Things I Learned About India And Its People From The Movie ‘Aligarh’

Professor Siras was a quiet man who lived a quiet life in the tiny room his University provided him. He didn’t bother anyone. He barely ever spoke to anyone. One day, two men broke into his house and filmed him in bed with his partner. He was beaten up and his private life was splashed across the media. He lost his job and became a social pariah overnight.

‘Aligarh’ is the story of one man’s fight for the right to be. Be single in a society that considers marriage a mandatory social sanction. Be gay in an atmosphere of militant heteronormativity. Be quiet in a world that seems only to respond to screams and loud bangs.

Here are some things I realized about my country and its people from the movie ‘Aligarh’:


Indians don’t believe in living and letting live.

To be able to let live, one must first know how to live. Indians don’t really live. We just kinda exist. We go through the motions of living without really doing any “living” through it all.


Indians don’t have lives of their own and are always far too interested in what other people are up to.

Because we let others make all the important, life-altering decisions for us — what to study, what career to pursue, who to marry, and so on and so forth — our own lives seem alien to us. This is why so many Indians spend so much time peeping into other people’s lives and homes, hoping to find stories they can fill their days with.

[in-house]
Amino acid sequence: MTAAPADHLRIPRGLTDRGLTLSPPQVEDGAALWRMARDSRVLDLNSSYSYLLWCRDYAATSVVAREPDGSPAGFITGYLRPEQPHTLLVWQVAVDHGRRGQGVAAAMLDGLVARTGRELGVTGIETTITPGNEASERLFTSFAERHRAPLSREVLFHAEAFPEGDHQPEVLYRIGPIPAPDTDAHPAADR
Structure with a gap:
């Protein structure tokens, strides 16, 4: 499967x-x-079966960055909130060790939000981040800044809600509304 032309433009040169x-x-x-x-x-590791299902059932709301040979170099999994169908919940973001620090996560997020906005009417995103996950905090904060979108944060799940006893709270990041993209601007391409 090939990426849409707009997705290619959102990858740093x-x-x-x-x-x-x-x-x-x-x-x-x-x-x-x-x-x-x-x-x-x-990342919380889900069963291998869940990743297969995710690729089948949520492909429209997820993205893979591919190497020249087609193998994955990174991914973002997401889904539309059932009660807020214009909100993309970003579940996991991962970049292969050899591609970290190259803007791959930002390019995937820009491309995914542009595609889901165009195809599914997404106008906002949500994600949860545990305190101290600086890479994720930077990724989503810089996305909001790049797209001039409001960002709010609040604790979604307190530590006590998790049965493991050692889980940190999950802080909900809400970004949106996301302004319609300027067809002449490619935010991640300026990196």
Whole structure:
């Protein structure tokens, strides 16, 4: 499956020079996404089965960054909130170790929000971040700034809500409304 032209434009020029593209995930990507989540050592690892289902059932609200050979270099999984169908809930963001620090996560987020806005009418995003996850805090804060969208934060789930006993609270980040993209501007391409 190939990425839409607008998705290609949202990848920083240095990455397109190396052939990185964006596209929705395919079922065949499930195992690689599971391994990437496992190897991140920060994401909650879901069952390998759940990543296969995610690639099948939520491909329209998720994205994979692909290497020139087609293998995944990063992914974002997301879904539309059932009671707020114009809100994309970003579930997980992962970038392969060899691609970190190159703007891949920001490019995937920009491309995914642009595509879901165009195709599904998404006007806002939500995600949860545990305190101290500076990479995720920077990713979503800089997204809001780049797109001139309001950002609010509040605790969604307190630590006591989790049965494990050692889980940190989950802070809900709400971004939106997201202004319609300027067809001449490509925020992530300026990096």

Indians are far more intolerant of expressions of love than they are of rampant hate.

If you know anything about how things stand, you will know how intolerant we are of public displays of affection. Public displays of religious fanaticism and hate, however, seem not to affect us at all.


India may be free, all its people are not.

“Where the mind is without fear, and the head is held high…” Tagore wrote in 1910. Just ask the Dalits, and the Muslims, and the Christians, and the women, and the LGBT community how free they really feel when they walk the streets of an increasingly rabid, homophobic, fundamentalist country and you’ll know that Tagore’s words are nothing but wishful thinking for most of us even a century later. We’re still fighting for so many freedoms that only those in the majority — religious and sexual — seem to enjoy.


India isn’t just financially poor. Its poverty runs far far deeper.

As poor as we may be, our true poverty lies in the fact that we are a bankrupt people when it comes to humanity. We are a homophobic, fanatic, selfish people. In the mad rush to be Straight/Married, Hindu/Muslim, Marathi/Gujarati, and Patriots/Nationalists, we’ve lost our most basic, most necessary identity — that of being human.


Professor Siras may have won the case against the Aligarh University, but he lost against rampant homophobia. He was found dead in his apartment less than a week after winning the case and getting his job back. Traces of poison were found in his blood.


The movie ‘Aligarh’ has been “unofficially” banned in the city of Aligarh. City officials think it shows them, and their city, in a bad light. Truth has a way of doing that — making evil look evil, and injustice look unjust.

I don’t know why, and how, India can still claim to be a tolerant, secular nation, when it is, in fact, neither.


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